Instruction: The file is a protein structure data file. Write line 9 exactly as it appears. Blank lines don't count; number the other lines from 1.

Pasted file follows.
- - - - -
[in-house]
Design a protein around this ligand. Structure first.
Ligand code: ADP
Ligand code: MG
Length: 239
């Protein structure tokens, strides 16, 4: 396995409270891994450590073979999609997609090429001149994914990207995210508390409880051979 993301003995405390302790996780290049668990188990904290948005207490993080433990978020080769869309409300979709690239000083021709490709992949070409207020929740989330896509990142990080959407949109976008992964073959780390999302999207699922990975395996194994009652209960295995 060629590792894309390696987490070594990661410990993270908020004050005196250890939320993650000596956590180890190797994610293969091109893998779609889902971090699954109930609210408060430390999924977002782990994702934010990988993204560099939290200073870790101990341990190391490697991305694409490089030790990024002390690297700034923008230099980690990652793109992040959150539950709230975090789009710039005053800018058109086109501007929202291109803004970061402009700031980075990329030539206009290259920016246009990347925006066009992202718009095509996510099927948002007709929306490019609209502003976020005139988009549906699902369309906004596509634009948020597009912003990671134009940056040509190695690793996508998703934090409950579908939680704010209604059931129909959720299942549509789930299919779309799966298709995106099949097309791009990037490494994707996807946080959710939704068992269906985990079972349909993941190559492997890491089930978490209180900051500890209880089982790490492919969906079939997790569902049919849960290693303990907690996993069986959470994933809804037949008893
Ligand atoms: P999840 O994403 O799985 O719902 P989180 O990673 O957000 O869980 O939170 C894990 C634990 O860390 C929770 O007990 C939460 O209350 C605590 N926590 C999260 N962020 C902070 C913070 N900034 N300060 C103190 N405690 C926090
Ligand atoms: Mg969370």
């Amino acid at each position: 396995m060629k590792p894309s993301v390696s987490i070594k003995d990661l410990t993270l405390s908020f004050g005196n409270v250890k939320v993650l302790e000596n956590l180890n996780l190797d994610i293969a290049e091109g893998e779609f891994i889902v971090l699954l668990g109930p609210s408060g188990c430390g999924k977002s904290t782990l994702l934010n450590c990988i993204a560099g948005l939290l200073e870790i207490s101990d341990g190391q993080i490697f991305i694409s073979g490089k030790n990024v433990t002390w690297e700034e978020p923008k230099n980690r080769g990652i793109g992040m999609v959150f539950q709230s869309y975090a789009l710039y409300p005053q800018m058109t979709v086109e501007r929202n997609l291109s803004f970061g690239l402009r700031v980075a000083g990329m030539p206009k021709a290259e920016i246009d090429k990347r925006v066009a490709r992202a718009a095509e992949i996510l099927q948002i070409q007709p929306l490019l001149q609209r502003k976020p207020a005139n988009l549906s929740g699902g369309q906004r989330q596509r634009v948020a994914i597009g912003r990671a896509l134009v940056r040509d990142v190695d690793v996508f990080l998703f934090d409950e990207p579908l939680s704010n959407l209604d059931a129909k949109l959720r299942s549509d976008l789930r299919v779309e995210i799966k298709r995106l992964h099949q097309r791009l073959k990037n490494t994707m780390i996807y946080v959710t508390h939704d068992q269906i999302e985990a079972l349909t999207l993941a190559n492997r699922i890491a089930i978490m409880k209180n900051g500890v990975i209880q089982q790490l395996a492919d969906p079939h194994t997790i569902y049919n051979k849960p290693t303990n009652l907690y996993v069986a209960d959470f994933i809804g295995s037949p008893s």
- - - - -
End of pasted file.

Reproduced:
């Amino acid at each position: 396995m060629k590792p894309s993301v390696s987490i070594k003995d990661l410990t993270l405390s908020f004050g005196n409270v250890k939320v993650l302790e000596n956590l180890n996780l190797d994610i293969a290049e091109g893998e779609f891994i889902v971090l699954l668990g109930p609210s408060g188990c430390g999924k977002s904290t782990l994702l934010n450590c990988i993204a560099g948005l939290l200073e870790i207490s101990d341990g190391q993080i490697f991305i694409s073979g490089k030790n990024v433990t002390w690297e700034e978020p923008k230099n980690r080769g990652i793109g992040m999609v959150f539950q709230s869309y975090a789009l710039y409300p005053q800018m058109t979709v086109e501007r929202n997609l291109s803004f970061g690239l402009r700031v980075a000083g990329m030539p206009k021709a290259e920016i246009d090429k990347r925006v066009a490709r992202a718009a095509e992949i996510l099927q948002i070409q007709p929306l490019l001149q609209r502003k976020p207020a005139n988009l549906s929740g699902g369309q906004r989330q596509r634009v948020a994914i597009g912003r990671a896509l134009v940056r040509d990142v190695d690793v996508f990080l998703f934090d409950e990207p579908l939680s704010n959407l209604d059931a129909k949109l959720r299942s549509d976008l789930r299919v779309e995210i799966k298709r995106l992964h099949q097309r791009l073959k990037n490494t994707m780390i996807y946080v959710t508390h939704d068992q269906i999302e985990a079972l349909t999207l993941a190559n492997r699922i890491a089930i978490m409880k209180n900051g500890v990975i209880q089982q790490l395996a492919d969906p079939h194994t997790i569902y049919n051979k849960p290693t303990n009652l907690y996993v069986a209960d959470f994933i809804g295995s037949p008893s």